Conversational Paradigm LO5498

Michael McMaster (
Sat, 10 Feb 1996 12:29:28 +0000

Replying to LO5457 --

Doug raises the question of problems as the source of "incomplete
conversations". I like this idea a lot. It will provide openings
for the resolution of many breakdowns and problems. I think that it
will provide a key to unlock many impasses in interpersonal
relationships. Thanks for the distinction.

I would say, at a different scale, that there are *only* incomplete
conversations. None has a clear beginning nor end and none has an
author that is the sole source. A conversation is an emergent
process that requires simultaneous co-emergence (to qualify for my
operational definition) and will be always incomplete on that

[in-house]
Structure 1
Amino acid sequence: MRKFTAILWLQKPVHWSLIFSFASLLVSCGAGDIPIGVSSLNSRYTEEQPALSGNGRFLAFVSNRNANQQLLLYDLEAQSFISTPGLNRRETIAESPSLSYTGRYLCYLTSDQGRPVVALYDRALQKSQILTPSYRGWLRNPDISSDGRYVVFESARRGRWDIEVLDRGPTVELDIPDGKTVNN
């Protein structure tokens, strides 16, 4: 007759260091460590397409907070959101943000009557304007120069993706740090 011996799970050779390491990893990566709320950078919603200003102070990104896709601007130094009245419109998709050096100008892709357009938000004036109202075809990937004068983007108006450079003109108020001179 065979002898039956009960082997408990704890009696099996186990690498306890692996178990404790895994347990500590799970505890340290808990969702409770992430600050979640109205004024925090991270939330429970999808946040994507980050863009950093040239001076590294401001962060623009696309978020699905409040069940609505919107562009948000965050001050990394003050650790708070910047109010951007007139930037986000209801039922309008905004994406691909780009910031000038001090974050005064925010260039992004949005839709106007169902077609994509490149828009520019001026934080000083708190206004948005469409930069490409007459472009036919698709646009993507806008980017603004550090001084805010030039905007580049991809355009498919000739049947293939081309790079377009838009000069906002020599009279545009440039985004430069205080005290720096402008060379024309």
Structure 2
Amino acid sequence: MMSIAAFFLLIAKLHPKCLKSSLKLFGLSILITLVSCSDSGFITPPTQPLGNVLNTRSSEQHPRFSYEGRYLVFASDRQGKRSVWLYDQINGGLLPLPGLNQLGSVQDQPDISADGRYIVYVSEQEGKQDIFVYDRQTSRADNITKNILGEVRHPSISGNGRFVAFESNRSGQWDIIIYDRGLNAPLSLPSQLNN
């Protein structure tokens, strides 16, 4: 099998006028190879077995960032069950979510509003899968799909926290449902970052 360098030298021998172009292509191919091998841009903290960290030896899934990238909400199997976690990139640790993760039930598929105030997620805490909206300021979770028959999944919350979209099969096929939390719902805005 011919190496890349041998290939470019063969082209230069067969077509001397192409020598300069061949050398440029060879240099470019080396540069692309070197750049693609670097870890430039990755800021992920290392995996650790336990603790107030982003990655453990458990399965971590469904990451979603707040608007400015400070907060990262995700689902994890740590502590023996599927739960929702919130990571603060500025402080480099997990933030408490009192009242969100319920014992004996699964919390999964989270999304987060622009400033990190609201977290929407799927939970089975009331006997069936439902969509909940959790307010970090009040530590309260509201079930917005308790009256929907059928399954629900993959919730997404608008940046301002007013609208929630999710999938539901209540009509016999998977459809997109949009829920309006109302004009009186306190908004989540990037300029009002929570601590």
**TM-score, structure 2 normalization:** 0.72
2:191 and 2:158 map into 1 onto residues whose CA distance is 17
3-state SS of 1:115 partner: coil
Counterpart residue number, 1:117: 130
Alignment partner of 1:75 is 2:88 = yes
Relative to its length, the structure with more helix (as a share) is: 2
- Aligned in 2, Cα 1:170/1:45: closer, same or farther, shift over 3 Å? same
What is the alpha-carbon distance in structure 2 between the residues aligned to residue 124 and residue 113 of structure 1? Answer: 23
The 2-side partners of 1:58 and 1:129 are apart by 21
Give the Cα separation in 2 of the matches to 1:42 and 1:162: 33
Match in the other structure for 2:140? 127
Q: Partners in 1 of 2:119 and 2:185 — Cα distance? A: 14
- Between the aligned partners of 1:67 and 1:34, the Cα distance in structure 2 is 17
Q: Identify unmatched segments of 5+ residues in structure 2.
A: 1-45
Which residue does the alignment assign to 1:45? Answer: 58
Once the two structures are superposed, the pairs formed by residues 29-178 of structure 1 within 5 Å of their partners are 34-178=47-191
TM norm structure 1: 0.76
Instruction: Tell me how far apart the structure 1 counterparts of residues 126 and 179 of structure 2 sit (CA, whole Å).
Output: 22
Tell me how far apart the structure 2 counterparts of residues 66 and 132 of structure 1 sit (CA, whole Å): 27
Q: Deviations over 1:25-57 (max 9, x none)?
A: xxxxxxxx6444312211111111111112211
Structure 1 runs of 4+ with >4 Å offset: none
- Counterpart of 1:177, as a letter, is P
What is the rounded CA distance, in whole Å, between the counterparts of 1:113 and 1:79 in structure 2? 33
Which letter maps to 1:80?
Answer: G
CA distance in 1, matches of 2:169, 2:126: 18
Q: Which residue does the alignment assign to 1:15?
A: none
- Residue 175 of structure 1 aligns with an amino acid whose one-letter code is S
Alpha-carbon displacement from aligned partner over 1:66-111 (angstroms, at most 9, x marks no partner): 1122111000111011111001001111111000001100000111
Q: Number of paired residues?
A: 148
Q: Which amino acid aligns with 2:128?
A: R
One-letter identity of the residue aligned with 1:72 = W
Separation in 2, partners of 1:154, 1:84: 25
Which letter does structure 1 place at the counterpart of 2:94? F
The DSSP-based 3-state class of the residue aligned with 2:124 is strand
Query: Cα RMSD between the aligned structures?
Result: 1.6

account. It will also be incomplete in that understandings,
information and assessment of status will all be different for each
participant at different times.

(Remember that I am saying this at a different level or scale. It
does not invalidate what Doug contributed.)

For a similar linguistic tool or distinction for an organisation or
community to the individual one of "incomplete communication", I
would propose "insufficiently connected communication". That is,
there are not sufficient people included and/or connections made with
what are considered to be "external" communities - whether
communities of people, interest or knowledge.

The problems of most importance to me, and the place of most
interesting application of Warfield's IM (from my point of view), are
those where it is connection with a larger environment or larger
communities that is missing - and where the breakdowns are also
distributed amongst such larger communities.

[Host's Note: IM = "Interactive Management," a major body of work by John

Michael McMaster

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